A legendary event in the incredible 60-year history of the Rolling Stones is released in full for the first time.
Live At The El Mocambo marks the first official appearance of the group's two famous secret concerts at the 300-capacity Toronto club in March 1977.
It features the Stones' full set from the March 5 show, plus three bonus tracks from the March 4 gig, newly mixed by Bob Clearmountain.
Only four of the performances found their way onto the Love You Live album that followed in September 1977, which was dominated by tracks captured on the band's 1975 and '76 tours, with the full set having never been heard before.
As the Stones took to the stage of the "El Mo," a fixture of the Toronto music scene since the 1940s, punk and disco were both rearing into full view, supposedly ready to see off a band who had already been at the top of their game for 15 years. Over two nights, in an intimate space in one of their favorite cities, they were about to make that prognosis look foolish indeed.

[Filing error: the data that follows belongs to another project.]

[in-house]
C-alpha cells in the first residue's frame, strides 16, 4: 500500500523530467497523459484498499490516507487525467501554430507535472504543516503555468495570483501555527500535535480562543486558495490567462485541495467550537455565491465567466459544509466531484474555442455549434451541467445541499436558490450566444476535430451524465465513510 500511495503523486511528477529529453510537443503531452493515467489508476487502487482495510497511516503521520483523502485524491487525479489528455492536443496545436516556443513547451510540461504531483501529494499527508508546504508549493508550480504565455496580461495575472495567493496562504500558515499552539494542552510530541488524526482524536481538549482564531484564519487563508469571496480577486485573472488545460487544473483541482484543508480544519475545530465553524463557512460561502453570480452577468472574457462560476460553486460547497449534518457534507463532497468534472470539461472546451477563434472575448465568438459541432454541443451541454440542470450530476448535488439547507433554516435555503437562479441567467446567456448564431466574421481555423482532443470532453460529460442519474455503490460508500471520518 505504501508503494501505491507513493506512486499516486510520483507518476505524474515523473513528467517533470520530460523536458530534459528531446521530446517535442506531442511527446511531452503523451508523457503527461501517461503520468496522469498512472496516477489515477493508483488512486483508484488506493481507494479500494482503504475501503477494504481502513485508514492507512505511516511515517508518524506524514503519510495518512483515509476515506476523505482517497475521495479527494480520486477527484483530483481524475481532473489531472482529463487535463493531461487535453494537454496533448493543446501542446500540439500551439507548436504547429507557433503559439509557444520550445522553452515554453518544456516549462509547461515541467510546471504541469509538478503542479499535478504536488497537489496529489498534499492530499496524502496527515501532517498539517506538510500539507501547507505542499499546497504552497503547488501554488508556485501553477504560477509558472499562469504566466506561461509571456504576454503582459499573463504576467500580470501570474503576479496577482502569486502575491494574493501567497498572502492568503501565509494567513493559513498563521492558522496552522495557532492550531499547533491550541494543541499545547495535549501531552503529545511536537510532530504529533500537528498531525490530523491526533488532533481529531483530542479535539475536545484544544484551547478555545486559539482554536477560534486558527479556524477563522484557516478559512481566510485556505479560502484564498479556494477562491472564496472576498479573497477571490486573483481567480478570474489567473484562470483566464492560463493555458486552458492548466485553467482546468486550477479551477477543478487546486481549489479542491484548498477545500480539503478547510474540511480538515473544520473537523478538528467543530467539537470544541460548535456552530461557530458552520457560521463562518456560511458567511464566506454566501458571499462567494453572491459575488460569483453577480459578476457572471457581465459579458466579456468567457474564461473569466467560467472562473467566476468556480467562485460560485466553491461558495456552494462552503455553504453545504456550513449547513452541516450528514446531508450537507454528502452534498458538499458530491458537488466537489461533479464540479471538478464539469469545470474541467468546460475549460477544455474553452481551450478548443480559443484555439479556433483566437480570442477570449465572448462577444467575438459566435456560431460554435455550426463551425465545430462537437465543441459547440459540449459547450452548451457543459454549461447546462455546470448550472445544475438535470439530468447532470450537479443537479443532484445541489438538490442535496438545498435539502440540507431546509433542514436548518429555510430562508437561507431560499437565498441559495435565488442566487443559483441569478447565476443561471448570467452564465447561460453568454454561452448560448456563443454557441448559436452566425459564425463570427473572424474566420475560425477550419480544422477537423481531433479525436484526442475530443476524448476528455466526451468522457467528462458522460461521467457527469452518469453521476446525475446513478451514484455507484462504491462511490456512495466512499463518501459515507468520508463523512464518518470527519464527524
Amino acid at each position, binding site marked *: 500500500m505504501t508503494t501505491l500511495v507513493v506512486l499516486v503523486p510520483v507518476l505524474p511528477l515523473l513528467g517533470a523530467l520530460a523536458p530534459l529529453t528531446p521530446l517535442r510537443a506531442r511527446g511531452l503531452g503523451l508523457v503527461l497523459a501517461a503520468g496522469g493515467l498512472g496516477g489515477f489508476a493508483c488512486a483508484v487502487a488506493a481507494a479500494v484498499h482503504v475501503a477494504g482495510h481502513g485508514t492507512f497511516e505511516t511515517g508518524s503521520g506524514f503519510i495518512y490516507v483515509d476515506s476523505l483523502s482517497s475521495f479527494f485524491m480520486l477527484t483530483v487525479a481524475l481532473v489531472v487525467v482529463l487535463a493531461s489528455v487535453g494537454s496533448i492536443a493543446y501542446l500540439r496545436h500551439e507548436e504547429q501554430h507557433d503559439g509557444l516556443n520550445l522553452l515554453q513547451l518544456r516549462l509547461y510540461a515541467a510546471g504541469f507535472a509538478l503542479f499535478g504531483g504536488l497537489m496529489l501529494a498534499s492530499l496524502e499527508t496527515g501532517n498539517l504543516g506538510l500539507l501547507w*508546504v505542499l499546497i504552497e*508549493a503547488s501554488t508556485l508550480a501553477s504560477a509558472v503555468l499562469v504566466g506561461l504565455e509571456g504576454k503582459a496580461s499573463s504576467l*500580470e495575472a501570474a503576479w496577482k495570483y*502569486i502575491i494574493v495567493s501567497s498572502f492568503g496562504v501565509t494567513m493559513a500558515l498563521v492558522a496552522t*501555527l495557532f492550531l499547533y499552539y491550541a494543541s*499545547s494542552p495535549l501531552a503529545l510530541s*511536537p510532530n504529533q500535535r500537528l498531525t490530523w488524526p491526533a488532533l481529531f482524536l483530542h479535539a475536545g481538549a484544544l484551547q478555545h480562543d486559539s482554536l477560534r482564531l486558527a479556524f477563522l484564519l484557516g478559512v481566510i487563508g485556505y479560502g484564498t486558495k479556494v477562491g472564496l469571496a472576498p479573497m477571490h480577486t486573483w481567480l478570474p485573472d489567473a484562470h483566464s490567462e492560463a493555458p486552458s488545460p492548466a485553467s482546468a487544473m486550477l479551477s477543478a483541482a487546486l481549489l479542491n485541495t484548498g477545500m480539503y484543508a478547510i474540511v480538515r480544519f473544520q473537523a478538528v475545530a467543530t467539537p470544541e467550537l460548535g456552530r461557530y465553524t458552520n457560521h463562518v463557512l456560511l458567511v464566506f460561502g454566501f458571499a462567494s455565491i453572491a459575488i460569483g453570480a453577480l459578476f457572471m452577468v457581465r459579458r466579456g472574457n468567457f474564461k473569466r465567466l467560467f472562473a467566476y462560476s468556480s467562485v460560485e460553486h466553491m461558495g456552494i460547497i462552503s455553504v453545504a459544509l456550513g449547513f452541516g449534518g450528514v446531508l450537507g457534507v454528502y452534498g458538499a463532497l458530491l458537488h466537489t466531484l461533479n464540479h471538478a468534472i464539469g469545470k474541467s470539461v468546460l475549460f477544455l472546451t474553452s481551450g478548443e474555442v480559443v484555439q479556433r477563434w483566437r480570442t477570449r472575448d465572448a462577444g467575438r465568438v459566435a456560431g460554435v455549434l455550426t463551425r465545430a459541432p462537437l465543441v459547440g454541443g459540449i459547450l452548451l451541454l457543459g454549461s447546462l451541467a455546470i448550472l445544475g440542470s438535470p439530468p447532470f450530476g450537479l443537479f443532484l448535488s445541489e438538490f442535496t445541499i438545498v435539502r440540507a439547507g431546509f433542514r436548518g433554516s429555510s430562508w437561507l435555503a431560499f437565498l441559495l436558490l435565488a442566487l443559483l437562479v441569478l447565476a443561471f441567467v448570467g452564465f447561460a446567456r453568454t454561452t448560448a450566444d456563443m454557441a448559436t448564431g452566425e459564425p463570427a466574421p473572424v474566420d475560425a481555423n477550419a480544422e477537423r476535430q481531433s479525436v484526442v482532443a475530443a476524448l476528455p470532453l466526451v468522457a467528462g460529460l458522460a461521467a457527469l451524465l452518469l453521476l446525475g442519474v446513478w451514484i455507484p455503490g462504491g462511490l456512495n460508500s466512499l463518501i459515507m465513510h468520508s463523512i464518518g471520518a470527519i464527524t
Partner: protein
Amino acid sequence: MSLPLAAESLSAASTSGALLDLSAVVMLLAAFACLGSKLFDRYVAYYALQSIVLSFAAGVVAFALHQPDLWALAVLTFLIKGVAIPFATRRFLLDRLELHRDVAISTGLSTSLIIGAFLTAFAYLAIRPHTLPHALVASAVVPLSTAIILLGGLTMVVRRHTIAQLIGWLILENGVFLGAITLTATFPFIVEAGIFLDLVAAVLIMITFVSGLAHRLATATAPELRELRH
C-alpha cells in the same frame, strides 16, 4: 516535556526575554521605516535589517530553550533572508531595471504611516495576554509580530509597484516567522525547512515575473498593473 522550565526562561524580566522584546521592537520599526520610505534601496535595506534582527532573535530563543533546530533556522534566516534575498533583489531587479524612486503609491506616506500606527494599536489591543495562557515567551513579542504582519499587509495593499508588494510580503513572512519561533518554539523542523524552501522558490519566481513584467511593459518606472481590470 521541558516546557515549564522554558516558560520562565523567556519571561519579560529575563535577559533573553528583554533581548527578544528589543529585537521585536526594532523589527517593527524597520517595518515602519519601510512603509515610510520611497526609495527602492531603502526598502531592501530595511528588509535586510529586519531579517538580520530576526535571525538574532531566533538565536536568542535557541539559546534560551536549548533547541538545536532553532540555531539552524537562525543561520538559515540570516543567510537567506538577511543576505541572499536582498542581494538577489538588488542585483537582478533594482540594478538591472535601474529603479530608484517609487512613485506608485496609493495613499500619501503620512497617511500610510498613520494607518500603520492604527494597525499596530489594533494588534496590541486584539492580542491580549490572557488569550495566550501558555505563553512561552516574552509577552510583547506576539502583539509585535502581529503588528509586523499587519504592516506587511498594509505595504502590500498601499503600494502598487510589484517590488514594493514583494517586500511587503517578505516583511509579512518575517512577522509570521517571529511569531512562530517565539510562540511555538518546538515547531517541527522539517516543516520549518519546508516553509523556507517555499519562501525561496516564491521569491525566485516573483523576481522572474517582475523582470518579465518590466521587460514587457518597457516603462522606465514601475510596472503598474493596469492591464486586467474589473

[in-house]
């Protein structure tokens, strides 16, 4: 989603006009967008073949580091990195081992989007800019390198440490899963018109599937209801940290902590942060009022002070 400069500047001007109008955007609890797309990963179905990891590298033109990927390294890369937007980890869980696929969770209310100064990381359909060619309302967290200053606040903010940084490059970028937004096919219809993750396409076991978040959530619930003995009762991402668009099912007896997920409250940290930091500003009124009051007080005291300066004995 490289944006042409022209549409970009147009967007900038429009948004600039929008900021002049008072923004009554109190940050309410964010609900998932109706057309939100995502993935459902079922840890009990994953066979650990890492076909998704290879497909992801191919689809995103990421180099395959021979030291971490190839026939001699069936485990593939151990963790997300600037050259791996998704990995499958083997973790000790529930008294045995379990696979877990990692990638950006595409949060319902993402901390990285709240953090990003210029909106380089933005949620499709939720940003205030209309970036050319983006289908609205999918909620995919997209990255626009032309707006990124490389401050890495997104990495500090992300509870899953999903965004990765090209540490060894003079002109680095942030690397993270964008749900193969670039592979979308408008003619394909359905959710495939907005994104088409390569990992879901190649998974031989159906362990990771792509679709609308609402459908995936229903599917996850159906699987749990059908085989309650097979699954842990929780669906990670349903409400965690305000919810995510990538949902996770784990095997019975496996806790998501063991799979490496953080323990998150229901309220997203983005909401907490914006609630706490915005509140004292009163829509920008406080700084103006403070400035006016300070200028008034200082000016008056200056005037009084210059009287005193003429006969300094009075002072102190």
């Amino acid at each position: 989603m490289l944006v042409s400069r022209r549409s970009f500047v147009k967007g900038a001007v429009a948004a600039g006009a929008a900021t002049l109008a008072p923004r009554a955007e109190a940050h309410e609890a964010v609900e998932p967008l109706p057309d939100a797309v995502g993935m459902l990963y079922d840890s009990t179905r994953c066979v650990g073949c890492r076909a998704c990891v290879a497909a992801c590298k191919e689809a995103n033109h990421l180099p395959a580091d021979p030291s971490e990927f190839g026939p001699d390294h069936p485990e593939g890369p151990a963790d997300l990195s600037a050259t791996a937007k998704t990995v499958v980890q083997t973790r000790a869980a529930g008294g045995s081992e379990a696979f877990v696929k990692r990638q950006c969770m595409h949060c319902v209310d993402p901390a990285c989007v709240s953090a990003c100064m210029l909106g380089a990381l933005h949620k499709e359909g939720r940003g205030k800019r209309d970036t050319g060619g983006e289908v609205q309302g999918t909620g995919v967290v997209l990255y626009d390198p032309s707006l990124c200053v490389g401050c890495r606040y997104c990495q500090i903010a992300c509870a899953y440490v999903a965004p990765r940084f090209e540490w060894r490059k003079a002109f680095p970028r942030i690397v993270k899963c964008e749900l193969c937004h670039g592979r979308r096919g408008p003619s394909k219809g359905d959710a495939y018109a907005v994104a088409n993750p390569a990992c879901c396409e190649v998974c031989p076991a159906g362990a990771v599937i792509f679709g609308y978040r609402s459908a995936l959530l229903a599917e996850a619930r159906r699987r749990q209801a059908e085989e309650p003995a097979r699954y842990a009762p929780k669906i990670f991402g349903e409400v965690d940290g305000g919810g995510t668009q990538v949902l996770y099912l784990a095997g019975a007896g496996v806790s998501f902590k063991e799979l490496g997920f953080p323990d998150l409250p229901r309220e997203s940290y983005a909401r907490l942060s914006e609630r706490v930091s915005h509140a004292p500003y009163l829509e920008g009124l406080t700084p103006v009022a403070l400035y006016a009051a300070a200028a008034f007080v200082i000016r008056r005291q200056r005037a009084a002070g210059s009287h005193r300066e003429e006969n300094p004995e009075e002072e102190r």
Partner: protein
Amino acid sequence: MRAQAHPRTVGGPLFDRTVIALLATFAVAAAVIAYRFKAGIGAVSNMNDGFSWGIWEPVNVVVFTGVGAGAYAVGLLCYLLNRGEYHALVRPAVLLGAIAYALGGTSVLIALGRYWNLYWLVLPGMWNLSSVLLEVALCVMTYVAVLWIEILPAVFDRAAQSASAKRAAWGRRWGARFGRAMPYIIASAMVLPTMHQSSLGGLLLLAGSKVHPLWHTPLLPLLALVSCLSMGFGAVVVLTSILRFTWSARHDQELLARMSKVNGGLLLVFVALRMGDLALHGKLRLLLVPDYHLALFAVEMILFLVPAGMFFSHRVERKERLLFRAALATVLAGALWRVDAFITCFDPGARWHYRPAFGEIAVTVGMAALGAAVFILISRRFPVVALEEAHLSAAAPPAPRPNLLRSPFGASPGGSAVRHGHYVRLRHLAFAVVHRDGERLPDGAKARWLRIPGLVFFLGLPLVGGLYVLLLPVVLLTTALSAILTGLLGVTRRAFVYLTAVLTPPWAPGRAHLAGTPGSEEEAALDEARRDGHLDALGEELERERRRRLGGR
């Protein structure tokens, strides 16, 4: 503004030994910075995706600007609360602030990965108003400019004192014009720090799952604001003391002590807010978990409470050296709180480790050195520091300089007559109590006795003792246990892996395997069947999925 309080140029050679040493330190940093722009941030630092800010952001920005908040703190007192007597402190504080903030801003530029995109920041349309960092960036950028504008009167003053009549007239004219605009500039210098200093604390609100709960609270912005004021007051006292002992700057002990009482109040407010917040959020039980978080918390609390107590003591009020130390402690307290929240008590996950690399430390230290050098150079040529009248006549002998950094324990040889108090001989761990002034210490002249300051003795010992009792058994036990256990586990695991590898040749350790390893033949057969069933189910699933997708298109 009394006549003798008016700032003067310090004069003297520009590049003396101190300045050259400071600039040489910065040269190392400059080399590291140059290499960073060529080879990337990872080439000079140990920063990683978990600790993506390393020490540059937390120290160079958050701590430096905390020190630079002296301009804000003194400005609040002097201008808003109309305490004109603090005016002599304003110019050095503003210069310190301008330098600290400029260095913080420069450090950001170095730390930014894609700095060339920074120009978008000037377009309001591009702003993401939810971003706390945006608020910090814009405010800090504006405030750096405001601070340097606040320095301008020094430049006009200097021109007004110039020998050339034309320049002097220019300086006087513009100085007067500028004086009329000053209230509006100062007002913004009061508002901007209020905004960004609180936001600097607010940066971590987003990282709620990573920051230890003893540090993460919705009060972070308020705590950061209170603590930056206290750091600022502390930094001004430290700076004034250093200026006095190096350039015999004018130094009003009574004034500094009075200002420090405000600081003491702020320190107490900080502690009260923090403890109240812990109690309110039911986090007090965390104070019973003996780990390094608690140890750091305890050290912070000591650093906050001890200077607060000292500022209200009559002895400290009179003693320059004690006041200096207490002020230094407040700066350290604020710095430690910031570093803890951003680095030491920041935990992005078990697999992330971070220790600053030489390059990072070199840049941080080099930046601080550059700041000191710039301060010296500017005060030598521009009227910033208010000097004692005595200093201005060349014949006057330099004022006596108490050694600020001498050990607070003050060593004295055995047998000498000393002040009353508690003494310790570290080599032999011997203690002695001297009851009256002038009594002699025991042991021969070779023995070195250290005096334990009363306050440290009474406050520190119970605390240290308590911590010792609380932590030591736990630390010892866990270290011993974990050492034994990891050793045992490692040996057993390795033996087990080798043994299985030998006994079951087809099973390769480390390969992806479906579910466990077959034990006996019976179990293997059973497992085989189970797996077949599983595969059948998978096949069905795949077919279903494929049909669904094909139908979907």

The gigs became reality after the El Mocambo was identified as the potential home for a secret booking.
A radio contest was organized in which the prize was tickets to see Canadian rock heroes April Wine, supported by an unknown band called the Cockroaches.
Guess who they turned out to be...
On the nights, naturally, April Wine were themselves the opening act, and so it was that the Stones rolled back the years to the exhilarating club incarnation of their early years.
Against all the odds, the band produced two nights of exhilarating music that they still talk about in Toronto, and in Rolling Stones legend, to this day.
It was a setlist for all seasons, from Muddy Waters' "Mannish Boy" and Bo Diddley's "Crackin' Up" to staples such as "Let's Spend The Night Together" and "Tumbling Dice," and back to the blues with Big Maceo's "Worried Life Blues" and Willie Dixon's "Little Red Rooster."
There was the live debut of "Worried About You," not heard in studio form until 1981's Tattoo You, and more highlights from "Honky Tonk Women" to "Hot Stuff."
Forty-five years on, this is a trip back to the intensity of the Crawdaddy Club in the Stones' earliest days, as revisited by the greatest rock 'n' roll band in the world.